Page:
(1) Cleaning (9-) Drying (2) Rinsing (10) Application of (3) Pickling ground coat (4) Rinsing (11) Drying (5) Treatment with (12) Firing nickel sulfate (13) Application of (6) Rinsing finished coat (7) Neutralizing (l4) Drying (8) Rinsing (15) Fil'lllg Following the rinsing, the metal neutralizing solution. Although other solutions may occasionally be used, the preferred solution contains borax and soda ash in a ratio of approximately 2:1. The mixture is dissolved in water at a concentration of approximately one-half ounce per gallon. The temperature is maintined at from about 165 to about 212 F. during the neutralizing operation. The time is from about two to surface to be coated. These are alkali rinses, vapor degreasers and emulsion-type cleaners. Their purpose is to remove greases, oils, soap, dirt and drawing compounds such as soaps, borax and Waxes which are applied to the surface of the metal to provide lubrication during the fabrication process. Typical alkali rinses may contain sodium hydroxide, sodium carbonate, sodium phosphate, sodium silicate or combinations of these. The part to be cleaned is simply immersed in the cleaning compound at about room temperature for a sufficient time to accomplish the desired result. This usually requires from about 10 to about 20 minutes. Vapor degreasers are especially I useful for removing hydrocarbon residues from the surface of the metal and in the process the vapors of a low boiling solvent, for example, a chlorinate hydrocarbon solvent such as ethylene dichloride are allowed to condense on the surface of the metal to wash off the residual hydrocarbons. An emulsion-type cleaner may contain a non-ionic surfactant dissolved in naphtha or kerosene and the part to be cleaned is simply rinsed in the solution. Treatment with an emusion-type cleaner is almost always followed by the alkali rinse described above.

7 After cleaning, the article is subjected to two aqueous rinses, the first, a hot rinse carried out at from about 175 to about 185 F. and the second carried out at about 55 to about 65F.

; The picklingoperation is designed to remove iron oxide in the form of scale or rust by treatment with sulfuric'acid or hydrochloric acid. Occasionally, dilute phosphoric acid may be used. Sulfuric acid is used in approximately 6% about fifteen minutes. The article is again rinsed with water and dried. The article may be dried simply by standing at room temperature or by the application of heat.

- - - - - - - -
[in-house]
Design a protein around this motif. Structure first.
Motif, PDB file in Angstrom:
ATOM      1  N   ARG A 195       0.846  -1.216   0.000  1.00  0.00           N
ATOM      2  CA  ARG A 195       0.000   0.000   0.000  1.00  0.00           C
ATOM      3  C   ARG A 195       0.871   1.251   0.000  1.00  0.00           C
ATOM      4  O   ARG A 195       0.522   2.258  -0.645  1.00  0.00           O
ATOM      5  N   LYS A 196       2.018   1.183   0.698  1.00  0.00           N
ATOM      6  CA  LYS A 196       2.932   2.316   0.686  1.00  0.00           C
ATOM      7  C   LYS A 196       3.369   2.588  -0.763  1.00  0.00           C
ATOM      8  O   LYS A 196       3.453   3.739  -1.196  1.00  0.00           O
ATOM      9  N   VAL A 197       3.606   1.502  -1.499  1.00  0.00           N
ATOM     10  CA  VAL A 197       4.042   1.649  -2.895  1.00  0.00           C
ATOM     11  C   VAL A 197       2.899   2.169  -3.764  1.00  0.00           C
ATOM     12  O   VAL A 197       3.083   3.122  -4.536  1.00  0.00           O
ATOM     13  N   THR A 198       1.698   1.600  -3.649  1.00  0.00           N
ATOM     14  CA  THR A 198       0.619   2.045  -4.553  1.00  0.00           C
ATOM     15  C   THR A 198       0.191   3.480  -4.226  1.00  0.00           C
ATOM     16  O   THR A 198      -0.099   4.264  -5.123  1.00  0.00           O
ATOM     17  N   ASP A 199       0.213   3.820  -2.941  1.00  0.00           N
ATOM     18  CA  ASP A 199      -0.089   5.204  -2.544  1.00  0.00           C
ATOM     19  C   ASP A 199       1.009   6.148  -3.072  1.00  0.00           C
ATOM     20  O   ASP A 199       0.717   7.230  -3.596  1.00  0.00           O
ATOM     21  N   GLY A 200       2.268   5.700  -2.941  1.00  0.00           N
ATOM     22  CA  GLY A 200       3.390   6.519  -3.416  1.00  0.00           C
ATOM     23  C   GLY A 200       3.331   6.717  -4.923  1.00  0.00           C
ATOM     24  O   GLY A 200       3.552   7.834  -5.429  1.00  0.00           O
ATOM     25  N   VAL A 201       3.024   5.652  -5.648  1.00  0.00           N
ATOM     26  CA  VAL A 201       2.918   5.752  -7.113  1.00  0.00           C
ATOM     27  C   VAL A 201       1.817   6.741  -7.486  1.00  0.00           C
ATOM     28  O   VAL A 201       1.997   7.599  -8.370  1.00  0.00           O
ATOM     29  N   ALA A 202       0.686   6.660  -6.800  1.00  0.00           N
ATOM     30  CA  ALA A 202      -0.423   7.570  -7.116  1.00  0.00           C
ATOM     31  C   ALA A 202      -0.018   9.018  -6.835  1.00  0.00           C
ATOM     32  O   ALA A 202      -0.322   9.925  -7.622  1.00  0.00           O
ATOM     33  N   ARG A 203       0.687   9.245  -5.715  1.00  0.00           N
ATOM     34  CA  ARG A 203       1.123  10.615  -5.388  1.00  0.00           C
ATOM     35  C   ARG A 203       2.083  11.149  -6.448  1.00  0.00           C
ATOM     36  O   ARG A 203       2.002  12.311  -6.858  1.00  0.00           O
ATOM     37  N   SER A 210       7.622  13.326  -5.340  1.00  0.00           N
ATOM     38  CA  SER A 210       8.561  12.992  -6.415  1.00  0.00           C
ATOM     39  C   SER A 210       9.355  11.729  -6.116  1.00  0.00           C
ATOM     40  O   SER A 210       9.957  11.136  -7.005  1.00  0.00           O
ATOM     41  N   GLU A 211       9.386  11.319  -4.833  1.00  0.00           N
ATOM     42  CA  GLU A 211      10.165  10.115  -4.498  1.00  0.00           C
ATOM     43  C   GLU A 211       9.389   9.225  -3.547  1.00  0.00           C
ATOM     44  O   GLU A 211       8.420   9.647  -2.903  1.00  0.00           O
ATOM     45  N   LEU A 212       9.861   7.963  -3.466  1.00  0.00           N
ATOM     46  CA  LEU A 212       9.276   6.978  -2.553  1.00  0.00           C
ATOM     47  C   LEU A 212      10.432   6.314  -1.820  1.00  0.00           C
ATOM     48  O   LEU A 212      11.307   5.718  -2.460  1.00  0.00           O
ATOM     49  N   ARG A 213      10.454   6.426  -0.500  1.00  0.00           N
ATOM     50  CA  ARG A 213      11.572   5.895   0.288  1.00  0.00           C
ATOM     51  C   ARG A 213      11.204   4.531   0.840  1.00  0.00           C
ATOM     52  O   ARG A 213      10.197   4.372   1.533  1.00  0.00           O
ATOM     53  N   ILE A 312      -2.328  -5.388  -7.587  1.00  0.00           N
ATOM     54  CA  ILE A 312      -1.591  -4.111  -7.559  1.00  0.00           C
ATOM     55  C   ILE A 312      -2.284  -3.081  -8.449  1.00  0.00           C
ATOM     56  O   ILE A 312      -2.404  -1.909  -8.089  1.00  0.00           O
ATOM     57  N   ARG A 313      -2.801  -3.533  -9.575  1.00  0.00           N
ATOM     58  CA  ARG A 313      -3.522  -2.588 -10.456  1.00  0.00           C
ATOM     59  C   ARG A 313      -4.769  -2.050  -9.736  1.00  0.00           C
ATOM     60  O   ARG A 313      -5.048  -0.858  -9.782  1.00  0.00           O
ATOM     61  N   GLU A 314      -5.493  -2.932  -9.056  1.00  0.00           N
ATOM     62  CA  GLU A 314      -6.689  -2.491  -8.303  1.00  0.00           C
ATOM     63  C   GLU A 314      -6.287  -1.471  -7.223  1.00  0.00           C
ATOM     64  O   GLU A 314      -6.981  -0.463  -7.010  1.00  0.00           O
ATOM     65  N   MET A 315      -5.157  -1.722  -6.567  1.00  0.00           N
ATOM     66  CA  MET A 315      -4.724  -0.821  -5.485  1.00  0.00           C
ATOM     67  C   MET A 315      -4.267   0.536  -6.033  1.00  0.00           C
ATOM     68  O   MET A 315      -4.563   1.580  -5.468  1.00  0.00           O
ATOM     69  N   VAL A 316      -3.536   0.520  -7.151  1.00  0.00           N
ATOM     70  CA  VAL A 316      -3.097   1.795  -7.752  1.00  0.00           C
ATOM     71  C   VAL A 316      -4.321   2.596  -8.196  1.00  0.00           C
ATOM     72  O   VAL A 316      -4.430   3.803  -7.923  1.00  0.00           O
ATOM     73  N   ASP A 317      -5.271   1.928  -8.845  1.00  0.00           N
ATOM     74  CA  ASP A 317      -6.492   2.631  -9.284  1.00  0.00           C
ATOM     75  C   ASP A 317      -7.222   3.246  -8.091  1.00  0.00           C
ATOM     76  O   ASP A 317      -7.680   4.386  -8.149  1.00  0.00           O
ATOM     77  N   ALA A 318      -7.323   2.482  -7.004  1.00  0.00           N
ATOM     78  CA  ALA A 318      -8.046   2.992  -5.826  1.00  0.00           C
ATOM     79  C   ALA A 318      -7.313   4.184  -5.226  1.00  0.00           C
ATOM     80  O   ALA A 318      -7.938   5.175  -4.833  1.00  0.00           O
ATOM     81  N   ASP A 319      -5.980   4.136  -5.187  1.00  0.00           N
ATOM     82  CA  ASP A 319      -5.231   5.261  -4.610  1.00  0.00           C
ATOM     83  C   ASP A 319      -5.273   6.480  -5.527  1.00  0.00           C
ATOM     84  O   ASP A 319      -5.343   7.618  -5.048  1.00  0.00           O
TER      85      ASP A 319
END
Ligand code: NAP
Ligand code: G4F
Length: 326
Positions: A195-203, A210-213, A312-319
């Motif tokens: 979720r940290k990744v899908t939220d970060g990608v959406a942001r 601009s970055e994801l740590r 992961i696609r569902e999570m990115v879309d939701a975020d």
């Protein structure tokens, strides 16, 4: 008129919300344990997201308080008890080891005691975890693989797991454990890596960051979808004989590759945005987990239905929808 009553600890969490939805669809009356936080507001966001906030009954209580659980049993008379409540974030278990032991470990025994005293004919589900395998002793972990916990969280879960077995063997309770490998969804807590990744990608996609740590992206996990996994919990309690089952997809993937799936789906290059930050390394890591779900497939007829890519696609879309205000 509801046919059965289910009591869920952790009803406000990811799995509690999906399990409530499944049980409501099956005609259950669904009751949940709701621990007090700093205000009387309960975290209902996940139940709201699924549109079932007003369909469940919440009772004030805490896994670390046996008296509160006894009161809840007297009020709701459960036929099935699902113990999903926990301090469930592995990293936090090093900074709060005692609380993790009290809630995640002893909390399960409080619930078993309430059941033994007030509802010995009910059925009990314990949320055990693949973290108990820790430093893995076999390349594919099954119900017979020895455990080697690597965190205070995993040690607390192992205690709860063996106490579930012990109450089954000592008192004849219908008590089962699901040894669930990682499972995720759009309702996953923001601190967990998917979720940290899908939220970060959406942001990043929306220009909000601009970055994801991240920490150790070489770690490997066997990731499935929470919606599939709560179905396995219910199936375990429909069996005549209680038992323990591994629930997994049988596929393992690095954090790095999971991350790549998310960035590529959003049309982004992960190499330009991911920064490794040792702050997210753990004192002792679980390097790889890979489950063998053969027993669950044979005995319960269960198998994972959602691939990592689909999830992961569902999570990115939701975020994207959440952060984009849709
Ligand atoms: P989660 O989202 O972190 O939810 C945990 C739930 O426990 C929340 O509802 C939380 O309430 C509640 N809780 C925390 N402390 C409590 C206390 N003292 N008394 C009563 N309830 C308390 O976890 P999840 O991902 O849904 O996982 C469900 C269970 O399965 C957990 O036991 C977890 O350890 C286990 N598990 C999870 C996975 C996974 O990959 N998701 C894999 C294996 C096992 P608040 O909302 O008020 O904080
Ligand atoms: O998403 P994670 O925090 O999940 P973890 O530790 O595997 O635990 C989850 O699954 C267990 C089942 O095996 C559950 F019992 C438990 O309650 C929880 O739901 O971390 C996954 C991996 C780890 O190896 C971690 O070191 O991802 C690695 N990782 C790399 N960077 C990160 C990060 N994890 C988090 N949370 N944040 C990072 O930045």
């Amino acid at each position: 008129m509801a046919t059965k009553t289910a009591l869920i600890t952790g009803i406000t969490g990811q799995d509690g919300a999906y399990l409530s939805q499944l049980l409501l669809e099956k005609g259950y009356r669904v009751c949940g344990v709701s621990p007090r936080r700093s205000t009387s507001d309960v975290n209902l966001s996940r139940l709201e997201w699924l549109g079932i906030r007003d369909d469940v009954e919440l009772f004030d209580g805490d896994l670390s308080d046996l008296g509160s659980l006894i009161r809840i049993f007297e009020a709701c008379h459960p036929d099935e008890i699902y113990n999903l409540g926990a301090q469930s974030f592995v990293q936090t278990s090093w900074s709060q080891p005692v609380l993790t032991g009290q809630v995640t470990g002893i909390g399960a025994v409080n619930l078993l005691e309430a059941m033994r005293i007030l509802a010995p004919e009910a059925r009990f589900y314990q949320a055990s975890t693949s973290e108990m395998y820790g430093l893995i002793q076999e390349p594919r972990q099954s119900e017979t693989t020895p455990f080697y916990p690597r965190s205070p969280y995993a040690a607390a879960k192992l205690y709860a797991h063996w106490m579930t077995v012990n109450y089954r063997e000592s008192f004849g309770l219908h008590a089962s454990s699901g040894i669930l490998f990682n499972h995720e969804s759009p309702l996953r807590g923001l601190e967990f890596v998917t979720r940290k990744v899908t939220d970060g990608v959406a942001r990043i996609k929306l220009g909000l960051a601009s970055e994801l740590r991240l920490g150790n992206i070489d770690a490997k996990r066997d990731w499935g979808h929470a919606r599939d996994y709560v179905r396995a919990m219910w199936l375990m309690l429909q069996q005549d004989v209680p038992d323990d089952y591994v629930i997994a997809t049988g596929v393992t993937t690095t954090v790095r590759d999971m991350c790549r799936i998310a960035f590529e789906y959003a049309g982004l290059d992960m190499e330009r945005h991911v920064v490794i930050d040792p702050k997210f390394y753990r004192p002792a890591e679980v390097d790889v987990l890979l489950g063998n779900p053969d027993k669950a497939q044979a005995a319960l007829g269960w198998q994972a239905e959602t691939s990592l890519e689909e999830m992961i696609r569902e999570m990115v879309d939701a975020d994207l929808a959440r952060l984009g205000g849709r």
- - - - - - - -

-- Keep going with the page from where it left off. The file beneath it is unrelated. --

In the next step the undercoat, that is, the enamel slip, is applied. It may be applied by dipping the article in a bath containing the enamel or alternatively the enamel may be sprayed on the surface to be coated. The article is first dried at from about 250 to about 400 F. and then baked at a temperature from approximately 1,300 to approximately 1,550" F. under non-reducing condi tions. The temperature will depend upon the type of enamel which is applied. No special steps are ordinarily necessary to attain and maintain the non-reducing conditions, the hot air in the oven being perfectly adequate.

The finish coat is next applied by either dipping or spraying and the article is dried as above and baked at a temperature of from about 1,300 to about 1,550 F. for from about 3 to about 6 minutes. The finish coat is generally baked at a lower temperature than is employed in the baking of the ground coat.

It has now been discovered that, provided certain critical conditions are met, it is possible to prepare an enamel coated ferrous metal object having all of the desired qualities of objects prepared in accordance with aqueous'solution and the operation takes place'by dipping the prior art two-coat method even though only one coat is applied.

It has long been a problem in the art to prepare enamel coated objects by a one-step process. Some advances have been made but, despite the advantages which accrue by decreasing the number of operations, they have generally been economically unattractive because they require special steel or special equipment.

The process of this invention comprisesas an essential step treating, that is, pickling the metal to be porcelainized with aqueous glycolic acid at a temperature of from about 160 to about 212 F, prior 'to'the nickel depositing sequence. In a typical operation of the process of this invention, the article after cleaning by any of the methods described above is treated with a glycolic acid solution by either dipping or spraying. The balance of the process is as described above except that it is not necessary to apply a ground coat.

, The concentration of glycolic acid in aqueous solution which is suitable for use in this process varies from about bath is longer than is required with a sulfuric'acid treatment. The article is then rinsed in cold water.